Wednesday, July 10, 2019

Your servile young life in the rapidly gentrifying state...

'Average price of a Bellingham home sold in the past three months was $516,669, the first time that the average home price has topped $500,000. "It's unsustainable," Muljat said Thursday. "This trend cannot continue." '
Quote from the Bellinghan Herald article by Robert Mittendorf at

Perhaps the question youth really should be asking local politicians as we approach a full and contentious primary this week is: "How the heck am I ever going to own a home or afford a family in this economy?"  A number of new data points this week suggest a future of long term servitude to low wages in the face of rapidly and dangerously escalating housing prices. Home prices in Bellingham, up 14.9% since April 2017, just can't seem to slow down. Bellingham housing prices can only be described as hot.  And your wages, despite recent claims to the contrary, are nothing special!  

Now....where to begin? Ah yes, the 'over-heated' housing demon has apparently returned. If you want to know more about this just ask Deputy Chief Economist at Freddie Mac Len Kiefer who seems like he really knows his stuff. Or at least knows how to sling some R code. I am indebted to him for the code for the chart below which shows national housing prices on a tear. Most of us would ask upon seeing this: Can another precipitous recession be nearby? Click to enlarge the HPI based chart below and be sure to check out what Mr. Kiefer has to say about our current housing expansion.

Not sure enough to trust my first instincts, I dug a little further and wrote some housing query code. Below is a lattice panel barchart of the FRED  'All Transaction Housing Price Index' (left to right) for the Bellingham MSA, Seattle-Bellevue-Tacoma MSA and Spokane-Spokane Valley MSA indexed at 100 for 1995, with a year 2000 origin point that I display starting at 100. Data for Bellingham is from . Man, those HPI curves are brutal. Glad my wife and I got on that roller coaster in 2003. Click to enlarge the chart:

You all know how that goes for those us who bought our homes in the Columbia neighborhood before Bellingham was 'discovered': raising two kids, building equity, building a family, vacationing in the San Juans, math teams, swimming practice, music lessons and generally having the good but purposeful life... But maybe you don't know how that all is because you are stuck at a Bellingham median wage job in a boisterous Whatcom county that just keeps sucking in retirees and Californians with more $$$ than you can ever possibly have or compete against in a home bid! New BLS data shows that neither our hourly mean or hourly median wages are anything special. Here we are by Metro Statistical Area (MSA) ranked by hourly mean (H_MEAN). We are somewhere in the middle of the pack between Walla Walla  and Longview!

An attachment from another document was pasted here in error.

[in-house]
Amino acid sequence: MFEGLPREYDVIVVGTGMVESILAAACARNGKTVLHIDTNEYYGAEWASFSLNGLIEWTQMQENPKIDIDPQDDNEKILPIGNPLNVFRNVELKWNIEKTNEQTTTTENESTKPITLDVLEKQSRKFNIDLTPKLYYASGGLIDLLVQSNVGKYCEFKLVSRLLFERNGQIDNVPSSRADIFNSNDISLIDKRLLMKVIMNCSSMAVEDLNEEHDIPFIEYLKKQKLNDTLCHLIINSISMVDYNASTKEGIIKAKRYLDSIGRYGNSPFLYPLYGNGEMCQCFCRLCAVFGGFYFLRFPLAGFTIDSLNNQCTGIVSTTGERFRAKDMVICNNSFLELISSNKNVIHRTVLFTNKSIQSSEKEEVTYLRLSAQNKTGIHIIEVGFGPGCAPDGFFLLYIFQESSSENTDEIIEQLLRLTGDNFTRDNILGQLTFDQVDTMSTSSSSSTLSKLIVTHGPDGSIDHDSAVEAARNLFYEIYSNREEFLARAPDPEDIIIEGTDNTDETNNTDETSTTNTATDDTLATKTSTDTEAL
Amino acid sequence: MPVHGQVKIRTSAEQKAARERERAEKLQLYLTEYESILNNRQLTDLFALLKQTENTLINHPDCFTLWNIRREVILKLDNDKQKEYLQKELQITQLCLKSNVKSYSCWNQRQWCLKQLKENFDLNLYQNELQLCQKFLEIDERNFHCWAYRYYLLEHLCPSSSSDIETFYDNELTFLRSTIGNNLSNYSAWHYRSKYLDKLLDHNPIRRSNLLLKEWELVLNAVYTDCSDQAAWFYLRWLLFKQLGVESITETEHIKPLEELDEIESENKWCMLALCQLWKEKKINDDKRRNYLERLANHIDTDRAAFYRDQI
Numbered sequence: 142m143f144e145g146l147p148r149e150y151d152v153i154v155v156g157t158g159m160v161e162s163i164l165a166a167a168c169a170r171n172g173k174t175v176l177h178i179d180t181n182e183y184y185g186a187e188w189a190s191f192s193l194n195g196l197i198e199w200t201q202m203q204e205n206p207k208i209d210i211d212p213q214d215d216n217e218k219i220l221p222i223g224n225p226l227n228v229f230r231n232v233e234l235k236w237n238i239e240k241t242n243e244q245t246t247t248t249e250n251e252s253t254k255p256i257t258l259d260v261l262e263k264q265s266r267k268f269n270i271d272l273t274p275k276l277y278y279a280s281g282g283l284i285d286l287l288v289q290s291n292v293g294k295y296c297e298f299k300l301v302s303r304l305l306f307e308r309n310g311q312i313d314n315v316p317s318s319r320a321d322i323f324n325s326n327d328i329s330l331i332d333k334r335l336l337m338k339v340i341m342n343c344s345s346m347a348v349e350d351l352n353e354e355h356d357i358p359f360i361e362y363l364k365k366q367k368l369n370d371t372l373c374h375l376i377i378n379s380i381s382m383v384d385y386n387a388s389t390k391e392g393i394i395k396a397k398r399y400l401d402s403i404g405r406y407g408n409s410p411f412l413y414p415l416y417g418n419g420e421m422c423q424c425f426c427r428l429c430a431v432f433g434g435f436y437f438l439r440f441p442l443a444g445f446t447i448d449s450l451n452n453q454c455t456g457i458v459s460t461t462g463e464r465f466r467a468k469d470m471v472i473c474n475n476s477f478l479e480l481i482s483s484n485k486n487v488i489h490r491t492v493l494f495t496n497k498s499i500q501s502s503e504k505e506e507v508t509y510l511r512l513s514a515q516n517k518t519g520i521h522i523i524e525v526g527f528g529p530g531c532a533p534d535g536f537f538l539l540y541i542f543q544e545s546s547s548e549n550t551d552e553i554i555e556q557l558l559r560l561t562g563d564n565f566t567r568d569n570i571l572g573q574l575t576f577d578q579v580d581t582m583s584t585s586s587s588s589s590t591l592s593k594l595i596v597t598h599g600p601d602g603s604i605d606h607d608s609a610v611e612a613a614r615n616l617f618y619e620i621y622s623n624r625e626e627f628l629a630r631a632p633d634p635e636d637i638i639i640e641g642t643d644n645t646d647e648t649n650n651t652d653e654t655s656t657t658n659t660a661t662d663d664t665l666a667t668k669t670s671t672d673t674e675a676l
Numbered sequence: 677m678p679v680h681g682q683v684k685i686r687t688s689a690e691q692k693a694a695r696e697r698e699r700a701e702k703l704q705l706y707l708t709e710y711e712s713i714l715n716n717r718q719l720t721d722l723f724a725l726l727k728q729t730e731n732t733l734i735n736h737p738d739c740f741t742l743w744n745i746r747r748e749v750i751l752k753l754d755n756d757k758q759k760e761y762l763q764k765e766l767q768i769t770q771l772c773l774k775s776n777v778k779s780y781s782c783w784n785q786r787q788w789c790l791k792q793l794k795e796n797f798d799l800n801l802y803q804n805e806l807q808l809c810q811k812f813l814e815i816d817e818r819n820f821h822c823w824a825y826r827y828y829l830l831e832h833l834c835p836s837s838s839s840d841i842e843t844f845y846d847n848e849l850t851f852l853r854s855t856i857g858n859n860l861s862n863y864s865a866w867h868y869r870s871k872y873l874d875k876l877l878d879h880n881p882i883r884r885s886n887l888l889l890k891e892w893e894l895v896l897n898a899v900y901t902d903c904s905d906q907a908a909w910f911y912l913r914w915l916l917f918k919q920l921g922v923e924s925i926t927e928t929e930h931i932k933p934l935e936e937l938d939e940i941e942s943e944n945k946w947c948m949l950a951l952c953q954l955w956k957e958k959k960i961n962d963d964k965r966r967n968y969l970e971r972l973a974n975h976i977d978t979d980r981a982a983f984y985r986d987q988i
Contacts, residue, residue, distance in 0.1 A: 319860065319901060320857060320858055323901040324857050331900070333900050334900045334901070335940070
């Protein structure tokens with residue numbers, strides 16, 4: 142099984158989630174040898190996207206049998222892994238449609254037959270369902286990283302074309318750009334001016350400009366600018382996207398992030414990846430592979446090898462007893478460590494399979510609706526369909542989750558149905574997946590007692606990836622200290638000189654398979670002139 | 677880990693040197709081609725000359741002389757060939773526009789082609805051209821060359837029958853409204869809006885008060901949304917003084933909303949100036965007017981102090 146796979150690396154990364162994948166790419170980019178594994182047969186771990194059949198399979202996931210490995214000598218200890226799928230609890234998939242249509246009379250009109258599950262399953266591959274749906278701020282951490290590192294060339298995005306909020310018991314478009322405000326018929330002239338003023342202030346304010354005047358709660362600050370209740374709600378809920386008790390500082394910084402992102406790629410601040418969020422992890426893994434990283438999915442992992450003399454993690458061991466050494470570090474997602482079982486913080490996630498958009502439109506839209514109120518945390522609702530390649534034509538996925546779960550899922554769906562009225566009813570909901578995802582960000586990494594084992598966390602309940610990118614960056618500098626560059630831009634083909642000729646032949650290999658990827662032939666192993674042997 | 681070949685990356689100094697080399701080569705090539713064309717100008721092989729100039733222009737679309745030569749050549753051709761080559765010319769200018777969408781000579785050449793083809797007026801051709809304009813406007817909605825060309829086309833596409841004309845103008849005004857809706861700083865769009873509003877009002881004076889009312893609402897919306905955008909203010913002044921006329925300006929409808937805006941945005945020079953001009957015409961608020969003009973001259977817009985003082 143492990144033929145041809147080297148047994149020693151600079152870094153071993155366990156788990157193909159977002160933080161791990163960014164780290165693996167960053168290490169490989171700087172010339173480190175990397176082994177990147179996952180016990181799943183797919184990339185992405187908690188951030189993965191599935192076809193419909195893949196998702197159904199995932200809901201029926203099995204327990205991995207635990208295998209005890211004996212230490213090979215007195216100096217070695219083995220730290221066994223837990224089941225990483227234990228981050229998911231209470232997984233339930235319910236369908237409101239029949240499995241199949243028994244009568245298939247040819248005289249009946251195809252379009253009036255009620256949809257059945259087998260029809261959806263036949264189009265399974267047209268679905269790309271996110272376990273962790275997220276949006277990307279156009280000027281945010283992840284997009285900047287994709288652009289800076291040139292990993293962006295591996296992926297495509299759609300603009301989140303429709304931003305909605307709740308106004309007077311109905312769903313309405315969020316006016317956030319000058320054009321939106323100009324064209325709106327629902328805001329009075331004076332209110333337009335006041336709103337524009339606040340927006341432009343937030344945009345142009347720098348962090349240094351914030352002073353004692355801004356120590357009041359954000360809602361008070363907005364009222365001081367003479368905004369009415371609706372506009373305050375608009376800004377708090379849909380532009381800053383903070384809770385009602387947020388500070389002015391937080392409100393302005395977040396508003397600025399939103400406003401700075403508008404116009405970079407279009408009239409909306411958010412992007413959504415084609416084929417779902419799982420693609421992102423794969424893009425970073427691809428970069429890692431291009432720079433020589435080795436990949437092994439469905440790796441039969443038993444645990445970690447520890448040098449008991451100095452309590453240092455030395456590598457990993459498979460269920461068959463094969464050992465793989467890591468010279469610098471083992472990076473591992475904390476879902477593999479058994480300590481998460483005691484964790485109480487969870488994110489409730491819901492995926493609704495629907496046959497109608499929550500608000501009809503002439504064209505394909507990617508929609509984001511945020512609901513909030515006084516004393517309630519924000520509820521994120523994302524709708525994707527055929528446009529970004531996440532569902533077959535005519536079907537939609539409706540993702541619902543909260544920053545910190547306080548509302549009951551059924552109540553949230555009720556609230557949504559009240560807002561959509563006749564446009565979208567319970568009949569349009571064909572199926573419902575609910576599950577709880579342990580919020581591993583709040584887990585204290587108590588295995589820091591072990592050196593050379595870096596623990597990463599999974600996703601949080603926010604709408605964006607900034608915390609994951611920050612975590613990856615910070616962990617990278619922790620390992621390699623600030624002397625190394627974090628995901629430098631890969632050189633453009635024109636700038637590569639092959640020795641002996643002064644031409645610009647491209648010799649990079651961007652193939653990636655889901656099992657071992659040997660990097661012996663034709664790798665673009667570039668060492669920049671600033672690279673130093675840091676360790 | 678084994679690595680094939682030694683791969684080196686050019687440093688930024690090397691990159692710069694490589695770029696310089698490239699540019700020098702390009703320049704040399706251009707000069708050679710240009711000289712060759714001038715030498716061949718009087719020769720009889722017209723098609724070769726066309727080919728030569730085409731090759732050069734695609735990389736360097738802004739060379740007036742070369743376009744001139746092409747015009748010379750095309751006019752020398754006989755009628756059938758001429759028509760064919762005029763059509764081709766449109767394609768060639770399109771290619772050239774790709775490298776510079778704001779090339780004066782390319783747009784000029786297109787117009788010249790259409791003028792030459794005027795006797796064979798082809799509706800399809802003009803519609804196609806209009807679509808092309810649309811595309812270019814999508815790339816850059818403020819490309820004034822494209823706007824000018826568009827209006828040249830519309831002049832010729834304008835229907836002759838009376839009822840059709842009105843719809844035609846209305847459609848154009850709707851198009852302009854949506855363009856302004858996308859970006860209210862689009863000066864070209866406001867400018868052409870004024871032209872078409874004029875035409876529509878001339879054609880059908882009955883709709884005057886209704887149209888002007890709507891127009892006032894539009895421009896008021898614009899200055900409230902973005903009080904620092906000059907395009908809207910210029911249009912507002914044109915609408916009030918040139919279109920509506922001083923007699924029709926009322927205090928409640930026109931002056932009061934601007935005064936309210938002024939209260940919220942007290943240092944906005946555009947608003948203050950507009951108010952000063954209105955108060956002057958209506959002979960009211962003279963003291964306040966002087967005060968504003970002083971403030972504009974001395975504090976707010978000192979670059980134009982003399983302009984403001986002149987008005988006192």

But let's look a little closer at wage data as it relates to housing costs. The complicated chart far below groups the hourly mean wages on the X or horizontal access by their count on the Y or vertical access.  The top horizontal access multiplies a monthly salary based on those hourly mean wages by .33 or the 1/3 of gross salary figure commonly used to apportion individual  or household housing costs now. This is sometimes called "The Front-End" ratio. When I was younger that ratio was routinely cited at 1/4 of your monthly salary. But that wasn't going to work anymore so economists changed it! The vertical red lines are set at this monthly housing allotment for four levels:

  •  < $1K
  • $1K - $2K
  • $2K - $3K
  • > $3K 

Yes, it is more than possible that two people at the median hourly wage ($19.05) for the Bellingham MSA could cobble together a $2K plus monthly mortgage/rental payment. But is $2K/month even reasonable now in the Bellingham market Mr. Mittendorf and Mr. Muljat discuss here? Probably not. Click to enlarge the chart.

Given Bellingham's  strong immigration patterns and waterfront plans to attract even more people, those of you who are young and want a home here have limited options:

(1) higher household income
(2) significant inheritance

It is possible you may find deals ("the worst house in the best neighborhood") when the economy tanks again, but will you still have a job?  My intuition is that we live in a very bifurcated economy consisting of those who can afford homes and those who can not. The global housing economy means others are coming here with their cash, but not necessarily bringing wages and jobs that enable existing residents to compete with these cash inflows.  This is fundamentally a have or have not housing economy. The economic effects will change social structure, market economies, and public policy. For most youth in Bellingham now, those effects may well discourage home buying and family formation.

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